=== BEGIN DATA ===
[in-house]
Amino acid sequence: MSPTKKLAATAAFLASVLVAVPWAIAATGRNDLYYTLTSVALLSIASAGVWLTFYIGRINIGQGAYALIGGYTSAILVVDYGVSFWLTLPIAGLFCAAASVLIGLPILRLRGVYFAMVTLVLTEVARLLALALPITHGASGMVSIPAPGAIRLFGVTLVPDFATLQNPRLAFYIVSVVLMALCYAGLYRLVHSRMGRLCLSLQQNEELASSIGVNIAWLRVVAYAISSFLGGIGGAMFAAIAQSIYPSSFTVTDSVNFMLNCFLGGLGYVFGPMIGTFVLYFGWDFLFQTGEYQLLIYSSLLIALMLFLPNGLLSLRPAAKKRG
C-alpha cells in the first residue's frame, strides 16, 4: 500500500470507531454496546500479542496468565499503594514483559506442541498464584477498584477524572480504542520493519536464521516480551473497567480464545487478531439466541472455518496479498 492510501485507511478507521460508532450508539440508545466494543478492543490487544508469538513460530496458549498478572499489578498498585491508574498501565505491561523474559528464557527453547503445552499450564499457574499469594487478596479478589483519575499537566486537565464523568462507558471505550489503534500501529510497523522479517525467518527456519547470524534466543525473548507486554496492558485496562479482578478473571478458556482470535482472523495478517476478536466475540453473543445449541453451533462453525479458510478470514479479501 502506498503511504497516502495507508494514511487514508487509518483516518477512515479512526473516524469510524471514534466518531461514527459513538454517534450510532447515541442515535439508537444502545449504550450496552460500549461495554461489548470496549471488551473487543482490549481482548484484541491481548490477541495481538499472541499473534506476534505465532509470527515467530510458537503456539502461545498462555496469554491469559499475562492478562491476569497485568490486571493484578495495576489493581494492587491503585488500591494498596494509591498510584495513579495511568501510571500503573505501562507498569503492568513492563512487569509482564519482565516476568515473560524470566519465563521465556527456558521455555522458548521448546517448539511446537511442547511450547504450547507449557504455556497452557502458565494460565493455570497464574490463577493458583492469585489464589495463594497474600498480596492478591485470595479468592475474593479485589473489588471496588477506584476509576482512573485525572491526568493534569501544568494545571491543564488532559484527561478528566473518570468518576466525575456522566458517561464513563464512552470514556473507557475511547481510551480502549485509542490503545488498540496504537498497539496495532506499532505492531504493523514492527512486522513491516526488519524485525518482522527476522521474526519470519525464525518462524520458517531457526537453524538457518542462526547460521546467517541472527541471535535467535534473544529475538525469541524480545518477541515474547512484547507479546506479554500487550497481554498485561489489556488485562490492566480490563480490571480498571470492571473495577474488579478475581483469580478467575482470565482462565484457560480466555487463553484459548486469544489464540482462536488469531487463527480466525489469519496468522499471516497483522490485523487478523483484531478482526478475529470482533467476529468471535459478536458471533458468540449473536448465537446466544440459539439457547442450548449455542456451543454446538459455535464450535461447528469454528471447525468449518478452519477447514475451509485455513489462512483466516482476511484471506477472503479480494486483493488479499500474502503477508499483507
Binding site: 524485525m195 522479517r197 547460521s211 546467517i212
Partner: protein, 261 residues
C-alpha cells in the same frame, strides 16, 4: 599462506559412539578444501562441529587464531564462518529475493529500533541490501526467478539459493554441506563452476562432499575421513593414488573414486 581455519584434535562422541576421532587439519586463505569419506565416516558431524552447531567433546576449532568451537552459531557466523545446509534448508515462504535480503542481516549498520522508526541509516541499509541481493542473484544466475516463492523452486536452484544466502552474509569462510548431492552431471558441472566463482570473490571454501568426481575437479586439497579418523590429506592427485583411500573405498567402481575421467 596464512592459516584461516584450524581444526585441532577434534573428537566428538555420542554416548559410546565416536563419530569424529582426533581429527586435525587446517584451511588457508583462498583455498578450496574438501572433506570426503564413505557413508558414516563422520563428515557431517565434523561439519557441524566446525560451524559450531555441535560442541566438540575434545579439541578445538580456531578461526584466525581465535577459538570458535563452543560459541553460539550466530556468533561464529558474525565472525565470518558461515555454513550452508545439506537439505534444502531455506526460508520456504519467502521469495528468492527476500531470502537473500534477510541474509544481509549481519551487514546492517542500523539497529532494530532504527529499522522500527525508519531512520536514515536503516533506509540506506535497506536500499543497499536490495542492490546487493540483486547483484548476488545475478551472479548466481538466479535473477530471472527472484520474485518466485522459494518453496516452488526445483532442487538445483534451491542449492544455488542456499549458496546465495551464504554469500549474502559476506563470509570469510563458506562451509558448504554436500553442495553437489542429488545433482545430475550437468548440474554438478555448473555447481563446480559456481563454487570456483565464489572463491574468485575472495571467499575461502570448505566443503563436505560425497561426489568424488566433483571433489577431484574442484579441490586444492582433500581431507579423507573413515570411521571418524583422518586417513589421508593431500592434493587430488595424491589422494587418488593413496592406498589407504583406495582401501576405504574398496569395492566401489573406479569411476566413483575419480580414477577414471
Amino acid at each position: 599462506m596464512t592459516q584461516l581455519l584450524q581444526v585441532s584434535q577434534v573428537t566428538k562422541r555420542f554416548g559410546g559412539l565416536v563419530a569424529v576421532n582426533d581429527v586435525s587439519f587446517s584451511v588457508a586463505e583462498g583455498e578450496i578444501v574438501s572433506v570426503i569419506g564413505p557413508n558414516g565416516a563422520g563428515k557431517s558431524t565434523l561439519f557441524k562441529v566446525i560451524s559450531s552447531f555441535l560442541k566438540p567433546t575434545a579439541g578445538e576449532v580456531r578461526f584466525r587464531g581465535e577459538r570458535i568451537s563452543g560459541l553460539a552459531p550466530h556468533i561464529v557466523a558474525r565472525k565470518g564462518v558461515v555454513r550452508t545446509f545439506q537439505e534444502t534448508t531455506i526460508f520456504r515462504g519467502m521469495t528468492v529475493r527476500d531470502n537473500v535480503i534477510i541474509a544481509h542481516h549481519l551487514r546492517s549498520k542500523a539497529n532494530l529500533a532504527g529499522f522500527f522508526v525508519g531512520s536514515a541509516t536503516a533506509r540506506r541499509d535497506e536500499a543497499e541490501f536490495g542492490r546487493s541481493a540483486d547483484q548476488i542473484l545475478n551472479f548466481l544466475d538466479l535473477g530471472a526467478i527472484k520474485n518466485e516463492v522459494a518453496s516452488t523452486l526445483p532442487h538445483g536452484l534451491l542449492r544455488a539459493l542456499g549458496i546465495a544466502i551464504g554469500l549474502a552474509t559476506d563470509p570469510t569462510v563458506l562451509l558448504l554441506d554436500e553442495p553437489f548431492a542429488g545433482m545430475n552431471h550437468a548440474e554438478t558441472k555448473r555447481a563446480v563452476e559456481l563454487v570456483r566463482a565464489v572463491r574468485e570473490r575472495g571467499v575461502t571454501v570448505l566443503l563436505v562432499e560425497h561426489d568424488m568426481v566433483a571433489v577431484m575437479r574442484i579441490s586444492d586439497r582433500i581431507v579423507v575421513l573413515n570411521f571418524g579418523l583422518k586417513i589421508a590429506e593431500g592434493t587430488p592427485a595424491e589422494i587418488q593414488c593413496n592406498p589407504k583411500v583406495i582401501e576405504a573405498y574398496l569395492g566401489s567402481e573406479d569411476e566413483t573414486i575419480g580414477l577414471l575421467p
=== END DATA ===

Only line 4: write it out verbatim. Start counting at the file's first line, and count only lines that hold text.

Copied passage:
Binding site: 524485525m195 522479517r197 547460521s211 546467517i212